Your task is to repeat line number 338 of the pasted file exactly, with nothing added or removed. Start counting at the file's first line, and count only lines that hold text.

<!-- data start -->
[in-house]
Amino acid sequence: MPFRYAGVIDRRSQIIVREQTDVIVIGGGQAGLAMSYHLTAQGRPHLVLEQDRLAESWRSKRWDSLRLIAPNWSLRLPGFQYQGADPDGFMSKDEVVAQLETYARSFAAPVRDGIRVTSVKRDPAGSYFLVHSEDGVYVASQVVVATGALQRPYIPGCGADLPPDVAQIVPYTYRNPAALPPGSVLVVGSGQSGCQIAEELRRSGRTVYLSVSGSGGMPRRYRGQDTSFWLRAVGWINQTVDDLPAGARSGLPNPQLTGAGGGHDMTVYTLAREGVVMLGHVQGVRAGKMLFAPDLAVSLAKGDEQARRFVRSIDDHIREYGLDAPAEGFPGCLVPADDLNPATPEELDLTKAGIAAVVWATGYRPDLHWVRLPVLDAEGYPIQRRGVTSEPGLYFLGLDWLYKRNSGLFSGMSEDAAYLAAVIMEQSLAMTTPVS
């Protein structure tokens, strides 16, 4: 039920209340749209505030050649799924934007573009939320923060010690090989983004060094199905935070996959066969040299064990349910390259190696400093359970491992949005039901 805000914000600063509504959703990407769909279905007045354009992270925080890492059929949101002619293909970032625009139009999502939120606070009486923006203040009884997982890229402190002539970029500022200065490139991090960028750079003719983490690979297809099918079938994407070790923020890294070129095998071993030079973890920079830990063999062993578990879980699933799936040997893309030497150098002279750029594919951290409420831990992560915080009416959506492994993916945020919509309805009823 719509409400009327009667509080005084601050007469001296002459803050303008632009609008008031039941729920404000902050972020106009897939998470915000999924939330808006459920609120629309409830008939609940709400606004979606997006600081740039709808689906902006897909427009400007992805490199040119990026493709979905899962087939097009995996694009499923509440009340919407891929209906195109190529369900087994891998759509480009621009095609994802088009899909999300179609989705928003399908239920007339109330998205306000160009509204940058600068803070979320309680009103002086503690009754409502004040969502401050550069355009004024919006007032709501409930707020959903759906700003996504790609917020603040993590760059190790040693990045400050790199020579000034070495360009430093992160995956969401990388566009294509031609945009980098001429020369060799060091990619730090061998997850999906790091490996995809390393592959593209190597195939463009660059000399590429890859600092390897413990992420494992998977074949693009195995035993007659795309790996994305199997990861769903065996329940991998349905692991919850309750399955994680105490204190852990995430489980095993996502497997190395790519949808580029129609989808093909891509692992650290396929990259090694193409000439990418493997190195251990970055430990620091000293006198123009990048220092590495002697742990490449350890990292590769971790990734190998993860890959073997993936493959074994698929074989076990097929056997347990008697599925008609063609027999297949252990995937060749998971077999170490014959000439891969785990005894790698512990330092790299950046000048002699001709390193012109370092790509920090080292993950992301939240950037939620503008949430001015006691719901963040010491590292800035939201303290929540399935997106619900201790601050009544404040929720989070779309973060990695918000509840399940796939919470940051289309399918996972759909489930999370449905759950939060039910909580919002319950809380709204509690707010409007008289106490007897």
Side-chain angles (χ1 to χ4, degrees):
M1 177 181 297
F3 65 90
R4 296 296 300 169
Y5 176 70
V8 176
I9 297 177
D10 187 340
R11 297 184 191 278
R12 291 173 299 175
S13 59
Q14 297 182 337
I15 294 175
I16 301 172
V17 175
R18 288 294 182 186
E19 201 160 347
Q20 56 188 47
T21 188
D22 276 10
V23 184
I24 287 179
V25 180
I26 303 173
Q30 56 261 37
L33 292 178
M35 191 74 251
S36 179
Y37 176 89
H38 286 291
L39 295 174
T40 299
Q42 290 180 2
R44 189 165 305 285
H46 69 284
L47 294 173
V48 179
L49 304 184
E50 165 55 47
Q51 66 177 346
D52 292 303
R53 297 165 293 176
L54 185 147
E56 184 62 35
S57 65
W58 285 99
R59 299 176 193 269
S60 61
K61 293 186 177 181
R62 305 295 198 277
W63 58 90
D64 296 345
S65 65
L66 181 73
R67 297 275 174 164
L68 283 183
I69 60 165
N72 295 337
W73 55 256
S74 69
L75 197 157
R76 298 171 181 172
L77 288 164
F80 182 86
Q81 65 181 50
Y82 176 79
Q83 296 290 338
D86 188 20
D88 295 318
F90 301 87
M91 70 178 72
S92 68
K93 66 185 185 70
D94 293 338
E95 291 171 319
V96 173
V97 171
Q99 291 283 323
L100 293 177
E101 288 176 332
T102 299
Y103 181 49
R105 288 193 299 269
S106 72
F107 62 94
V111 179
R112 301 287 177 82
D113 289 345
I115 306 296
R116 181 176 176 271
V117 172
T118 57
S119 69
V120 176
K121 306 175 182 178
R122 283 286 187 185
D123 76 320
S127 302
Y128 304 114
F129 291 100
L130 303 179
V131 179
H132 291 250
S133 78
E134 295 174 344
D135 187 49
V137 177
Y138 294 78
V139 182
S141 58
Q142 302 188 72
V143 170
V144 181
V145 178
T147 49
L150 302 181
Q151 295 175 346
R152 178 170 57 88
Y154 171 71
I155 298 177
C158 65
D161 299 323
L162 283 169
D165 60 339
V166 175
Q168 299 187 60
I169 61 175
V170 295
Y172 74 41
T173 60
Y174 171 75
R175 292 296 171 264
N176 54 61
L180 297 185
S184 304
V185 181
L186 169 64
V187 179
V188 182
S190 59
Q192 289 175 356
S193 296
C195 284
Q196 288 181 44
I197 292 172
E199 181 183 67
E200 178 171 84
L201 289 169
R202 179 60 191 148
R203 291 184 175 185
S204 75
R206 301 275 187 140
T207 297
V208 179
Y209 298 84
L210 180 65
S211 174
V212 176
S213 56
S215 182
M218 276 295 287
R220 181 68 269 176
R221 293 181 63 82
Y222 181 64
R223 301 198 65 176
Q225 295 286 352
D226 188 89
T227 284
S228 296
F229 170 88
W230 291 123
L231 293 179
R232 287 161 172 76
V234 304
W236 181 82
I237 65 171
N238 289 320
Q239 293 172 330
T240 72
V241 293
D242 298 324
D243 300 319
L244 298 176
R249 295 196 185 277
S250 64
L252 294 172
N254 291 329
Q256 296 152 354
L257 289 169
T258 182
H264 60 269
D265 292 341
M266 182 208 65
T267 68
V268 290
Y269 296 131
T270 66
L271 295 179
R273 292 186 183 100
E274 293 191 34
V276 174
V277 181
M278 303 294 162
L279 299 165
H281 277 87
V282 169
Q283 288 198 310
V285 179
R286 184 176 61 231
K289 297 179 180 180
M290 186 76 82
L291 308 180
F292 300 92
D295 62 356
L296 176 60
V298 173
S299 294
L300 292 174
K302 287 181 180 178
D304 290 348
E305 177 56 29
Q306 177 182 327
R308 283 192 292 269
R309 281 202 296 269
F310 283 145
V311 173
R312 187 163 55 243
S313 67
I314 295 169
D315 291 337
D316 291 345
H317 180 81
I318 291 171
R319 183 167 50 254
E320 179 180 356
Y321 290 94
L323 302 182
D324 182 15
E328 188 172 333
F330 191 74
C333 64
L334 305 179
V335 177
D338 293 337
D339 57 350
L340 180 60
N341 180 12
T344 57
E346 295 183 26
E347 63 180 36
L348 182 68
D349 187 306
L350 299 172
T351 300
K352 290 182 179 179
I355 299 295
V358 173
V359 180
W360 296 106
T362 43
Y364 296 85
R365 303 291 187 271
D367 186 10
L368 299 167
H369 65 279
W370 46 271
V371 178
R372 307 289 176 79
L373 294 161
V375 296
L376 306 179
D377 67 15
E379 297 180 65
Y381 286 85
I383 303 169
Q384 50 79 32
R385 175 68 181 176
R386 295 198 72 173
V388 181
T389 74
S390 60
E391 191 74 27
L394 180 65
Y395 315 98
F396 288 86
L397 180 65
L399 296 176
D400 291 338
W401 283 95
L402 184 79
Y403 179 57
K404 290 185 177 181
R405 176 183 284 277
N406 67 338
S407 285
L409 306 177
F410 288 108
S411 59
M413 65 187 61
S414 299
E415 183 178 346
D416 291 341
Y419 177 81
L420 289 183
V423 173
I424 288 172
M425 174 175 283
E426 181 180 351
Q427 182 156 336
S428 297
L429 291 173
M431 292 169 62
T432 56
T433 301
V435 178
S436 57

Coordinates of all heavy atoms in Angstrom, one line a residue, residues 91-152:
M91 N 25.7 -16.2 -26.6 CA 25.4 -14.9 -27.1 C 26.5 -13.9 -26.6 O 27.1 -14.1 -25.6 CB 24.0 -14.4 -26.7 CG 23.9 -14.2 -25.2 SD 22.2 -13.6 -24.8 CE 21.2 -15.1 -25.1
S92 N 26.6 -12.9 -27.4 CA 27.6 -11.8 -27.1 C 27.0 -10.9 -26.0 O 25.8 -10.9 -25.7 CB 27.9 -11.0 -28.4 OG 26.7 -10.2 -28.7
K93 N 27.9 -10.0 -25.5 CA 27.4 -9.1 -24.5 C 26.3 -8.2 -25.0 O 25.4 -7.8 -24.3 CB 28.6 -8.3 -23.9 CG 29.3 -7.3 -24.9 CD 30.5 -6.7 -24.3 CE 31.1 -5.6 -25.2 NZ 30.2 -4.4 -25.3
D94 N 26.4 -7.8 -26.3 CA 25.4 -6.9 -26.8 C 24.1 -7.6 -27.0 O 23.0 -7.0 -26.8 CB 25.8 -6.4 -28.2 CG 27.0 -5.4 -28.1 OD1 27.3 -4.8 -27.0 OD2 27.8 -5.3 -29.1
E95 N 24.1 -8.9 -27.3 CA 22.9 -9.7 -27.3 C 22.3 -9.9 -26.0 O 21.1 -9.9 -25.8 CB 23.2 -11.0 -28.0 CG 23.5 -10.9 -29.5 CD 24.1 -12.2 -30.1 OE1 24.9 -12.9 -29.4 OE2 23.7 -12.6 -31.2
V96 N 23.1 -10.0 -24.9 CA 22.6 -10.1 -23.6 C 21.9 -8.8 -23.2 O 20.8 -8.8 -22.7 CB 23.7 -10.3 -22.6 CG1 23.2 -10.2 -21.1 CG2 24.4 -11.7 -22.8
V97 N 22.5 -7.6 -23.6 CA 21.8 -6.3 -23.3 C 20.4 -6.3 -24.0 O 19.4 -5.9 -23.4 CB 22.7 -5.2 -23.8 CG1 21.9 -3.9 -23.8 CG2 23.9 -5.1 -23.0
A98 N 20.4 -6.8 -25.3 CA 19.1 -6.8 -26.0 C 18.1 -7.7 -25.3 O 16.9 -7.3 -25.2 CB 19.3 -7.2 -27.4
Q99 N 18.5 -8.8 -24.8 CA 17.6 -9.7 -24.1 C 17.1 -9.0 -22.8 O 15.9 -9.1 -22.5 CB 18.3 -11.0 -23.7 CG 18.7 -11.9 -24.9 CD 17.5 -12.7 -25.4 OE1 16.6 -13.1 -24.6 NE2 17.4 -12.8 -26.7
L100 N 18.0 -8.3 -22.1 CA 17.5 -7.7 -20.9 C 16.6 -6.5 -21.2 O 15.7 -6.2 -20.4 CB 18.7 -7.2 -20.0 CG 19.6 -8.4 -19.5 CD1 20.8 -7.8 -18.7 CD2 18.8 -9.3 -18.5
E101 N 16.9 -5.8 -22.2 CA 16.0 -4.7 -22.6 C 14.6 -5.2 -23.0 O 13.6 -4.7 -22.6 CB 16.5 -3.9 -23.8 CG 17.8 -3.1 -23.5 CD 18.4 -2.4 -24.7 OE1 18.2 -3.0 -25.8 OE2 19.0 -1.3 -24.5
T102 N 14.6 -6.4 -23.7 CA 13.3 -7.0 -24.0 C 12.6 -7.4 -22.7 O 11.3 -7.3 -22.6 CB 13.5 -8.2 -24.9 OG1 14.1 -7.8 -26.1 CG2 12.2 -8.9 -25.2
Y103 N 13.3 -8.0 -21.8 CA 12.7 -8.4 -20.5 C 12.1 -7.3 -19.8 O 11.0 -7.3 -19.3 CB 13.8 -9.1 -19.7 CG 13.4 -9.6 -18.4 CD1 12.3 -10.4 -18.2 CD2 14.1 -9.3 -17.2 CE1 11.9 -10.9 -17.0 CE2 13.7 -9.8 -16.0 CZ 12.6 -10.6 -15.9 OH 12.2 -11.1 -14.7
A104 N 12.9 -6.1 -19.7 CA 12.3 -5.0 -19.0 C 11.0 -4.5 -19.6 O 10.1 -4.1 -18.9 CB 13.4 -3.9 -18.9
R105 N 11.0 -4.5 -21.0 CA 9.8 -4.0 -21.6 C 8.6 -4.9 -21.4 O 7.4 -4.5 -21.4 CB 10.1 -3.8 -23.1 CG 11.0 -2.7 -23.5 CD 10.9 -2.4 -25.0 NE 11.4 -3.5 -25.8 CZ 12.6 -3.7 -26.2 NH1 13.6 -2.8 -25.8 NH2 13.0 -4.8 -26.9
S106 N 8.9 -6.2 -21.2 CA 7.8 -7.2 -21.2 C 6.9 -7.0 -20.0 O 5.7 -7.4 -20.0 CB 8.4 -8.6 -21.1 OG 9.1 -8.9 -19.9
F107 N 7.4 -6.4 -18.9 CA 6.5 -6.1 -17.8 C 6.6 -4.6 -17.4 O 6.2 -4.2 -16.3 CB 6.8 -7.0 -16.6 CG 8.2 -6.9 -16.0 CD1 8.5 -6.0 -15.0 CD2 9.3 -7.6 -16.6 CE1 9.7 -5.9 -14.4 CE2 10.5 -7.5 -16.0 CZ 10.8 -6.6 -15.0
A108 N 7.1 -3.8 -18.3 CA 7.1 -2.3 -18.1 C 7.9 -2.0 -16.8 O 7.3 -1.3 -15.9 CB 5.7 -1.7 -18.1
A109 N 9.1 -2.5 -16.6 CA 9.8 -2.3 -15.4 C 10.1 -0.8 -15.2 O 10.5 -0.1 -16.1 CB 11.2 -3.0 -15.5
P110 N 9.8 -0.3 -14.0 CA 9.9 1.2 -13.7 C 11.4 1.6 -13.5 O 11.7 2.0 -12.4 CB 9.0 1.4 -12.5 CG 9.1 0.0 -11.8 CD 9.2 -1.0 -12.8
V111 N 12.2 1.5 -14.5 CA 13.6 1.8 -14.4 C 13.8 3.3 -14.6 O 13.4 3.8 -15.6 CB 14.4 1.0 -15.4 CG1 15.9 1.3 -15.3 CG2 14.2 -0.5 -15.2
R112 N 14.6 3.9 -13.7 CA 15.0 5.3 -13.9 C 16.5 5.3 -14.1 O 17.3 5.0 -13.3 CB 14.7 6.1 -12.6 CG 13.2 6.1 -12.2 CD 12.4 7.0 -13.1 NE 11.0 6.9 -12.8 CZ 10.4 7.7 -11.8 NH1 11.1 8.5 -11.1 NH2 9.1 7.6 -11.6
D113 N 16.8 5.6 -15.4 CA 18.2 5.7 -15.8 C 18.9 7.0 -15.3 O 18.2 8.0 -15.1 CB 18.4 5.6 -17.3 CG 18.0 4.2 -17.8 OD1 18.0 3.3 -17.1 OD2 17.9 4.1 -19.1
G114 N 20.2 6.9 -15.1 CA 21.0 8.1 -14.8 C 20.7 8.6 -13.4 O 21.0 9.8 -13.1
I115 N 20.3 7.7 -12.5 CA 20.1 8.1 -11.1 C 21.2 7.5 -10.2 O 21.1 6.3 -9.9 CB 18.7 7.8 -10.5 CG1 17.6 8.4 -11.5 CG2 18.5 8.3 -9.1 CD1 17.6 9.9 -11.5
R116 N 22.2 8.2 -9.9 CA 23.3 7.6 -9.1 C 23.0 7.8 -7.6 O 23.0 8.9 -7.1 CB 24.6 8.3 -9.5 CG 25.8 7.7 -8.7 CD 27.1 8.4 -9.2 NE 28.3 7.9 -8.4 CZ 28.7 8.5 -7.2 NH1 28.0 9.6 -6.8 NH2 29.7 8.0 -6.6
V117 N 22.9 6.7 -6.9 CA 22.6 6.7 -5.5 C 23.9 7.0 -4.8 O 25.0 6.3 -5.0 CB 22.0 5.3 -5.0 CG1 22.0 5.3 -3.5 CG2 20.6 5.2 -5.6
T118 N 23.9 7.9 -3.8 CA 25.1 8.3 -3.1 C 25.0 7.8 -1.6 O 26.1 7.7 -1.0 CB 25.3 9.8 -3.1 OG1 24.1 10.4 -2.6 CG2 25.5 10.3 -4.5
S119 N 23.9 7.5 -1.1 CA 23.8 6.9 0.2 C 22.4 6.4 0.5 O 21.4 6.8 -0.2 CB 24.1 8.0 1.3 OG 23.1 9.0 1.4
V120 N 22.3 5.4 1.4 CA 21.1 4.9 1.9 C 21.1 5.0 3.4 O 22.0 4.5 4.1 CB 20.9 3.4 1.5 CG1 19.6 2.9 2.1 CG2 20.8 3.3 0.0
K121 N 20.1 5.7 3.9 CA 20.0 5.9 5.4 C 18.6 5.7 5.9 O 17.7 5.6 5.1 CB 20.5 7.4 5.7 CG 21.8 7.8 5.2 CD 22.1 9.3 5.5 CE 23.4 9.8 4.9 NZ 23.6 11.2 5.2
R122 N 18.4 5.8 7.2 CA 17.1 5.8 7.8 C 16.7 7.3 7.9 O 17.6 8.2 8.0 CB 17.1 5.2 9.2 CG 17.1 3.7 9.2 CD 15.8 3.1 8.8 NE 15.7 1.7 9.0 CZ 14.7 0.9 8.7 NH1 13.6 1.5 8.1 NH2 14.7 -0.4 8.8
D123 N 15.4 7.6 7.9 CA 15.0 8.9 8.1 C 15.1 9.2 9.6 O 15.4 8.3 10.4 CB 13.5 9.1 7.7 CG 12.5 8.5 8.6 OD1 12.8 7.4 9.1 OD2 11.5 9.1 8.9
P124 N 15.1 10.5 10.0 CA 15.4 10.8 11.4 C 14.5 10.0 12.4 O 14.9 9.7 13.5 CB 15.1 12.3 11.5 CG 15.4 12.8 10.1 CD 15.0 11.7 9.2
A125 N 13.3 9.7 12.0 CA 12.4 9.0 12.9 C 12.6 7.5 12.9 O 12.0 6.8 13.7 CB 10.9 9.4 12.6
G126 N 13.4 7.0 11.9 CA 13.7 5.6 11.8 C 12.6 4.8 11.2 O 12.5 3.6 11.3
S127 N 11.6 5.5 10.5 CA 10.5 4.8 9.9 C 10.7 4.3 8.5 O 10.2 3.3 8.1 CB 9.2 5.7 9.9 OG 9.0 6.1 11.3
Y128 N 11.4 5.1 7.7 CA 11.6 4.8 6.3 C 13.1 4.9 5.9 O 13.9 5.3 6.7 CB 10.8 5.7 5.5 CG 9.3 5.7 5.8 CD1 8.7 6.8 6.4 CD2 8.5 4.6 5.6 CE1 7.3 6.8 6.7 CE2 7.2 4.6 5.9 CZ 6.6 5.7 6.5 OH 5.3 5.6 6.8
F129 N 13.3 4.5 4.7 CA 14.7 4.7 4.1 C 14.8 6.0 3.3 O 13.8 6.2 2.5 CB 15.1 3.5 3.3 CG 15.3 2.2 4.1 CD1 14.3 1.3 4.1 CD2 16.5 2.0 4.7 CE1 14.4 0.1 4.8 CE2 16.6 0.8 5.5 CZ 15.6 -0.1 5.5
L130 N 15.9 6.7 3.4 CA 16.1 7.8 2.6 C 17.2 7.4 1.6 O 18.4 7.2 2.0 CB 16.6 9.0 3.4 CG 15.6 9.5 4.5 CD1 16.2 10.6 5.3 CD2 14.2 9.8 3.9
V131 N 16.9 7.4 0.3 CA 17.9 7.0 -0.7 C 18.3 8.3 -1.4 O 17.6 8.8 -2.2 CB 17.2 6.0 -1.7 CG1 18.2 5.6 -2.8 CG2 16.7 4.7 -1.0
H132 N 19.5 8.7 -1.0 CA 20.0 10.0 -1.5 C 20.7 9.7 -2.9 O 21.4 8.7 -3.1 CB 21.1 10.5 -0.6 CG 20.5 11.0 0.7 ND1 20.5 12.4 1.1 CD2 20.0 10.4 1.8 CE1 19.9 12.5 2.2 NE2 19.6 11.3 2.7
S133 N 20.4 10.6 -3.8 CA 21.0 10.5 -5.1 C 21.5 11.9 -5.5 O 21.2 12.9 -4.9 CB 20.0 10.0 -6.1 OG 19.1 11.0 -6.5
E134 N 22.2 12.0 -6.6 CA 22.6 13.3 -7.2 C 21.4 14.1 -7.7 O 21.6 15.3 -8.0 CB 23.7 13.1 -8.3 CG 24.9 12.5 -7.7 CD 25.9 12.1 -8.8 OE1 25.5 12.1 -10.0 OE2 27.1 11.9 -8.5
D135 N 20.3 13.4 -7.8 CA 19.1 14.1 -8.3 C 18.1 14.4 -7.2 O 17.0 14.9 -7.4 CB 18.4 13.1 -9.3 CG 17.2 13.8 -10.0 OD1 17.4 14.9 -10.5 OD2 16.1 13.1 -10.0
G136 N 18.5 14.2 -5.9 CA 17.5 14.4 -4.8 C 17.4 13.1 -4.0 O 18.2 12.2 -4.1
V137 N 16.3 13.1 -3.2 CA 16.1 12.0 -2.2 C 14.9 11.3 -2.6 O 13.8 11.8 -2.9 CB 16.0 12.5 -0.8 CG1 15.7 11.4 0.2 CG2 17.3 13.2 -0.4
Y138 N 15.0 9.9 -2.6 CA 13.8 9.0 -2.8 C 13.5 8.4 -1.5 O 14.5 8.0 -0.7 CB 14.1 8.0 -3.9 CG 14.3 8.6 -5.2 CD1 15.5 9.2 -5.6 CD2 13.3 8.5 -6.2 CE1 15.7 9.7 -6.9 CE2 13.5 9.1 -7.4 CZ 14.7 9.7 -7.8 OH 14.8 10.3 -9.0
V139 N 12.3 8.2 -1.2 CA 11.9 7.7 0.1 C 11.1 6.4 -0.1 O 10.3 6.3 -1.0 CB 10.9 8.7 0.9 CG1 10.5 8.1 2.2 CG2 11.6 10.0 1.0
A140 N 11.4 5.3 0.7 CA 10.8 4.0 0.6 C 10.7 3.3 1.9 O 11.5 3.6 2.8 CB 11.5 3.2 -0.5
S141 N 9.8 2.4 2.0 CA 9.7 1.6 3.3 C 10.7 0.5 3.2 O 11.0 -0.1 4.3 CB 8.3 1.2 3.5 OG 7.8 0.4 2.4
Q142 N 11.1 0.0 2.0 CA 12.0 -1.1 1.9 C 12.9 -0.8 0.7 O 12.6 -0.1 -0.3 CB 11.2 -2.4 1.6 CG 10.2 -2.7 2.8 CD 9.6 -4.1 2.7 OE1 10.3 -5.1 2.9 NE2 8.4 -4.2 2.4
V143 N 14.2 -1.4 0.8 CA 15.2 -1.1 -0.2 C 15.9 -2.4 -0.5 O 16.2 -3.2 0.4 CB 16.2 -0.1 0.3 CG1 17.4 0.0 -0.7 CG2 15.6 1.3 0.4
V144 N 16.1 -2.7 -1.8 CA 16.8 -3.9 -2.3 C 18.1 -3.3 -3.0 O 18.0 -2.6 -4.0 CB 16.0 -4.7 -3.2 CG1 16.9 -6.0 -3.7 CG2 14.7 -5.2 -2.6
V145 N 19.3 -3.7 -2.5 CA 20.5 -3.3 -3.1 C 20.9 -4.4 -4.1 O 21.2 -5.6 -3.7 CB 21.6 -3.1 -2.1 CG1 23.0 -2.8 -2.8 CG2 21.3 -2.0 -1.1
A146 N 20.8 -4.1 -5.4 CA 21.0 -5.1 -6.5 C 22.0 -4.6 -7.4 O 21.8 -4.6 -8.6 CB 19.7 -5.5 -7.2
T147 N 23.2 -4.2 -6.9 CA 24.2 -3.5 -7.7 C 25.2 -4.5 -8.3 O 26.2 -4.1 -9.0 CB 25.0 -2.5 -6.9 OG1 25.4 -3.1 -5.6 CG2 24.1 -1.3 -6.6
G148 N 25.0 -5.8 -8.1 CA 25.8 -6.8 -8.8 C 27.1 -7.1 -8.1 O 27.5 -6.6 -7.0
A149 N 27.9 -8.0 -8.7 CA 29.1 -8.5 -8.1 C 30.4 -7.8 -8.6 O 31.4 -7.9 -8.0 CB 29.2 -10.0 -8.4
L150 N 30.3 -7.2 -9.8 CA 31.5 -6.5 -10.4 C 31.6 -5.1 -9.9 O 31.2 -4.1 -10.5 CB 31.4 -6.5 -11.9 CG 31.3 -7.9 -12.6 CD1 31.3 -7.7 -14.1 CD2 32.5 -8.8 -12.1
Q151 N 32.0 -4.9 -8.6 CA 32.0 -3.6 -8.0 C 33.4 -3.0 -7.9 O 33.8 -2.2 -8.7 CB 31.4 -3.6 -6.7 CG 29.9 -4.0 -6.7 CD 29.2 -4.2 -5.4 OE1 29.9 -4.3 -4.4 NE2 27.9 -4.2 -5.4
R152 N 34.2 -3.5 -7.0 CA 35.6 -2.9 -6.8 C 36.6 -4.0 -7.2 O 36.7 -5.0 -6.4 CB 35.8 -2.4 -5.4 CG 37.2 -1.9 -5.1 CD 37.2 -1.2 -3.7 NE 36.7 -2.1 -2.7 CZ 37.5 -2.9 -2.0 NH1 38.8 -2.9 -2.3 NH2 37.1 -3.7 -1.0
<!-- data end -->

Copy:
A108 N 7.1 -3.8 -18.3 CA 7.1 -2.3 -18.1 C 7.9 -2.0 -16.8 O 7.3 -1.3 -15.9 CB 5.7 -1.7 -18.1